description; but most of them, he should hope, from terror on the one
hand, and the _expectation of impunity_ on the other." There was the
point, which no man comprehended better in theory than this clever
law-officer, and none better in practice than the Popish peasant. "This
_expectation_, however," he observes, "must now be effectually removed,
and the terror of the law, I trust, be substituted in place of the
terror of the conspirators." Adding, "your Excellency will observe with
regret, that the association has been founded on a principle of
_religious exclusion!_"

Such had been the fruit of concession. The opposite plan, so often
suggested, and so essentially necessary, was then tried; and its fruits
too followed. Almost the whole of Ireland became instantly
tranquillized; men were no longer murdered in open day; cattle no longer
maimed; houses no longer burned. The Marquess thus writes the English
government:--"During the summer and autumn of 1822, the measures
sanctioned by Parliament for the restoration of tranquillity, combined
with other causes, have produced such a degree of quiet, that no
necessity existed for my _usual_ communications."

We pass rapidly over the contemptible squabbles of the party mobs which
fill up the modern history of Irish politics, and which must have deeply
disgusted a statesman who had seen public life on the stately scale of
Indian government and English administration. But he was now far
advanced in years, and he was betrayed into the absurdity of suffering
these squabbles to reach to himself. The decoration of the statue of
William the Third, in one of the principal streets of the city, on his
birthday, the 4th of November, had been an annual custom for upwards of
a hundred years. But now the Papists resolved to regard the placing of a
few knots of orange riband on this equestrian figure as a matter of
personal offence, and prohibited the decoration. A patrol of horse
surrounded the statue, and the decoration could not be accomplished. A
letter from the secretary approved of the conduct of the civic
authorities. Unluckily, within a few days after, the Marquess went in
state to the theatre. The public disapprobation now vented itself in
unmeasured terms. The uproar was incessant, and, in the height of the
disturbance, a bottle was thrown by some drunken ruffian from the
gallery into the viceregal box, but with so direct an aim, that it
glanced close to the Marquess's head. A watchman's rattle, and several
other missiles, were said to have followed the bottle. The unlucky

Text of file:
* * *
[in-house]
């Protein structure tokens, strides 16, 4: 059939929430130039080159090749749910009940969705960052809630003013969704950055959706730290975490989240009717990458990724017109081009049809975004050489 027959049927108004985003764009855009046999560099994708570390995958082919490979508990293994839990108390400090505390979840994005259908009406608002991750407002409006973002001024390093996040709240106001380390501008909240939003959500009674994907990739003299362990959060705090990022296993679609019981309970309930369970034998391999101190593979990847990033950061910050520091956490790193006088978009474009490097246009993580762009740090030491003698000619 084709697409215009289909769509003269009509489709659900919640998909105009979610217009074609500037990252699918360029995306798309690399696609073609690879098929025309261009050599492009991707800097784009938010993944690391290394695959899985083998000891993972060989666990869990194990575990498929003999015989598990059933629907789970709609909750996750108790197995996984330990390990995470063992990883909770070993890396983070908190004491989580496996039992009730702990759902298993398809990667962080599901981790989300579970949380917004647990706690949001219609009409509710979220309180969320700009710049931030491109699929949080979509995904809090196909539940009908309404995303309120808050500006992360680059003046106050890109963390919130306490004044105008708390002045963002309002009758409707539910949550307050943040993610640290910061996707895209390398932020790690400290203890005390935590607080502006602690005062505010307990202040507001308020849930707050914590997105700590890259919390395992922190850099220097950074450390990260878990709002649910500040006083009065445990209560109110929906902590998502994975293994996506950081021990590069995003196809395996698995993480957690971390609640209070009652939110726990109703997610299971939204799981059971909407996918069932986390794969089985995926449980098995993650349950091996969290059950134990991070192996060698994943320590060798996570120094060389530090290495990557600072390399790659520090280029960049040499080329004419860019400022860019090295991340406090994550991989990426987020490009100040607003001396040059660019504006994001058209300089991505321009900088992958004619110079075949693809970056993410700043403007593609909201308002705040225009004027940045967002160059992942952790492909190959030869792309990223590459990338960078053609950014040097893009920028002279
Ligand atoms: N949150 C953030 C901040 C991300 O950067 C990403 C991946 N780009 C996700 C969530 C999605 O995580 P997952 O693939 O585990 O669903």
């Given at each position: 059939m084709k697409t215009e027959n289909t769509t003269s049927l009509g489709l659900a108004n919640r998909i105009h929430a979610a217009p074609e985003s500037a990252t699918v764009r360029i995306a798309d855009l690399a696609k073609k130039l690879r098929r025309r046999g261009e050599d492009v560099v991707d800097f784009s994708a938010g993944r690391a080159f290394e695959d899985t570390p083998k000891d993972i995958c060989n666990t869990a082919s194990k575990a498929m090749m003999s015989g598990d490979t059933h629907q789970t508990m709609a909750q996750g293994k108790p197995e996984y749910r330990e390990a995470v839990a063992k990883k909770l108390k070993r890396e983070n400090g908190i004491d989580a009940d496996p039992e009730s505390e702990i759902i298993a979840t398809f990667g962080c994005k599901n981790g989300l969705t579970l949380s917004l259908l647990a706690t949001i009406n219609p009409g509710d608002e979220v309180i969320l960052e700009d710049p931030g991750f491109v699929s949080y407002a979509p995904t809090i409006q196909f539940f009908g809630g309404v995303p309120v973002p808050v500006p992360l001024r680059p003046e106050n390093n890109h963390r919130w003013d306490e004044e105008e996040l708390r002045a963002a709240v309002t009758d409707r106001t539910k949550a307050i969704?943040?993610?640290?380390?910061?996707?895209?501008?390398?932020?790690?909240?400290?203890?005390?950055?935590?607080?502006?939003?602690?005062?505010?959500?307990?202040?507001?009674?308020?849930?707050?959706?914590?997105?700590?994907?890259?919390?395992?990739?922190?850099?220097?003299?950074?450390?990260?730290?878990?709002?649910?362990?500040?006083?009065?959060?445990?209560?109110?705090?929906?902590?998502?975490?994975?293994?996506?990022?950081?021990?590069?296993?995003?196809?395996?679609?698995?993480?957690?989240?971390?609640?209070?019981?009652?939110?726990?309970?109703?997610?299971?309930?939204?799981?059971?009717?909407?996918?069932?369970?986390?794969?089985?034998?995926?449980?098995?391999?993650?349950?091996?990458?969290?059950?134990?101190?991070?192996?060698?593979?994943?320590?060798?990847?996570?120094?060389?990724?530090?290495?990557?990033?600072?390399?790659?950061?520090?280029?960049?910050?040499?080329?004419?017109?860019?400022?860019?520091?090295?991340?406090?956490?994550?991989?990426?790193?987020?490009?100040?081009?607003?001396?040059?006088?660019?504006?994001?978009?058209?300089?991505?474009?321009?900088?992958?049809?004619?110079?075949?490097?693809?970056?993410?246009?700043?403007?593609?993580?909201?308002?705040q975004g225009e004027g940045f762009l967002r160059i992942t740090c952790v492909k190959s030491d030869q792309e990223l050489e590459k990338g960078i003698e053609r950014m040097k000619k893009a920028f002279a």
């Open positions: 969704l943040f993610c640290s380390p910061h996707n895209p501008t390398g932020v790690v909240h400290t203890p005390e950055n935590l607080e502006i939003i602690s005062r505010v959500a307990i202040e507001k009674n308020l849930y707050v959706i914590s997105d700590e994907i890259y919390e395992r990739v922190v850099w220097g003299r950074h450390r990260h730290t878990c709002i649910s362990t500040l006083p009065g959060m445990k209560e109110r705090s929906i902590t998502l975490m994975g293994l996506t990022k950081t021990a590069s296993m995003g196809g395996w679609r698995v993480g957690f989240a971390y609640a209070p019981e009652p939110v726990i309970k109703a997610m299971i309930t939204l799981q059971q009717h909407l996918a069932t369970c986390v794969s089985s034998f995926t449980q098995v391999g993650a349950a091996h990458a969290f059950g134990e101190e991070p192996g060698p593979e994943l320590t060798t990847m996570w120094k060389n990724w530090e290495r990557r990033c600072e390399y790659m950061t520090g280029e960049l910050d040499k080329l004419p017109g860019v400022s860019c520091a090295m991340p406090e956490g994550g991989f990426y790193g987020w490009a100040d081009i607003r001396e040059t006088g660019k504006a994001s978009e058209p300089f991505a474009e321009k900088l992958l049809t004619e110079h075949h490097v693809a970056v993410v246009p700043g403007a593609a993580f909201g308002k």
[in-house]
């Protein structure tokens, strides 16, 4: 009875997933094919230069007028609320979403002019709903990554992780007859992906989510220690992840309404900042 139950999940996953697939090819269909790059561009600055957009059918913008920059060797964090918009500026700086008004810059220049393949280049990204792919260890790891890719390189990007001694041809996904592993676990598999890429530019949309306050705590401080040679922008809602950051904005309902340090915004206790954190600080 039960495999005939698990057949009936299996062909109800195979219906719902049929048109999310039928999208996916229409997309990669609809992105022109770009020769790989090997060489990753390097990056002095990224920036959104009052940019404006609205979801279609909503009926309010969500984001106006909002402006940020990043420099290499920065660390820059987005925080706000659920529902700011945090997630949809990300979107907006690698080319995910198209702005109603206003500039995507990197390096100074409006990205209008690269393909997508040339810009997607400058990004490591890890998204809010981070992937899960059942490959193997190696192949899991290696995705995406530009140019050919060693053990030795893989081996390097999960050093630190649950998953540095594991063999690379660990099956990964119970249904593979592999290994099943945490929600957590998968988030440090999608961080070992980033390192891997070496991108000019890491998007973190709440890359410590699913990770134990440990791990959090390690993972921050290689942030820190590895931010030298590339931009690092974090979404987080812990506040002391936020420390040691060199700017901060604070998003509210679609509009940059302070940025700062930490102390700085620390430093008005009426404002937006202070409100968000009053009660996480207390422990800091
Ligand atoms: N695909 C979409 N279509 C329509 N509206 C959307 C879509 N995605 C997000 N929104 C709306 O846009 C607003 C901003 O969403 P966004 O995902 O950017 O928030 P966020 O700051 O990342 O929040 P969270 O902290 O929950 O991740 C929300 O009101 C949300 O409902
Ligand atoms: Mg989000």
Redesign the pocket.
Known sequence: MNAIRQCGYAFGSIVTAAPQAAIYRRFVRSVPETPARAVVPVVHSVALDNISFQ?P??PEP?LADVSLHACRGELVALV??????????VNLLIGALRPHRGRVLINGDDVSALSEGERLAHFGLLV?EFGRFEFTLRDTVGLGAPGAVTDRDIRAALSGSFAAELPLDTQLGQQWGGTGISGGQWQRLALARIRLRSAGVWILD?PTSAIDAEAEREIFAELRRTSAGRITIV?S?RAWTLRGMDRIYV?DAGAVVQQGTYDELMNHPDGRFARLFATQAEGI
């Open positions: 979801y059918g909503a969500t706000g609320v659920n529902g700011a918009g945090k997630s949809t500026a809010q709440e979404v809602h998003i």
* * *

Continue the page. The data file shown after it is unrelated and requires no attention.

result was, an indictment against several individuals for conspiracy by
the Attorney-general; but the grand jury having ignored the bills, the
case fell to the ground.

At this period, the Marquess, who had in early life married a
Frenchwoman, fixed his regards on an American, the widow of Mr Patterson
of America. In matters of this order public opinion can have no direct
right to interfere. But the bride was a Roman Catholic. The marriage was
solemnized by a Romish bishop, as well as by the Irish primate. The
royal equipages were seen in regular attendance, subsequently, at her
ladyship's place of worship; and, when the critical balance of public
opinion at that period is considered, there was evidently more of the
ardour of the lover than the wisdom of the statesman, in suffering that
marriage to take place, at least _before_ his retirement from the
viceroyalty of Ireland.

On the formation of the Wellington cabinet, the illustrious brothers
differing on the Romish question, the Marquess retired. In the debate on
that occasion, the Duke of Wellington made one of those strong,
_declaratory_ speeches and renewed those pledges to the Protestant
constitution in Church and State, which he made so solemnly before. The
duke, after gracefully expressing his regret at being compelled to
differ on the sentiments of his distinguished relative, said, "I wish,
as much as my noble relation can do, to see this question brought to an
amicable conclusion, although I do not see the means of bringing it to
that conclusion by this resolution, (Lord Lansdowne's motion on the
Catholic claims.) I _agree with_ the noble and learned Earl (Eldon) who
has recently addressed your lordships, that we ought to see _clear and
distinct securities_ given to the state, before we can give our vote in
the affirmative of the question. My noble relative says, that our
security will be found in the removal of the securities which now exist.
I say, that the securities which we now enjoy, and which for a length of
time we have enjoyed, are _indispensable to the safety of Church and
State!_ I should be glad to see the disabilities of the Roman Catholics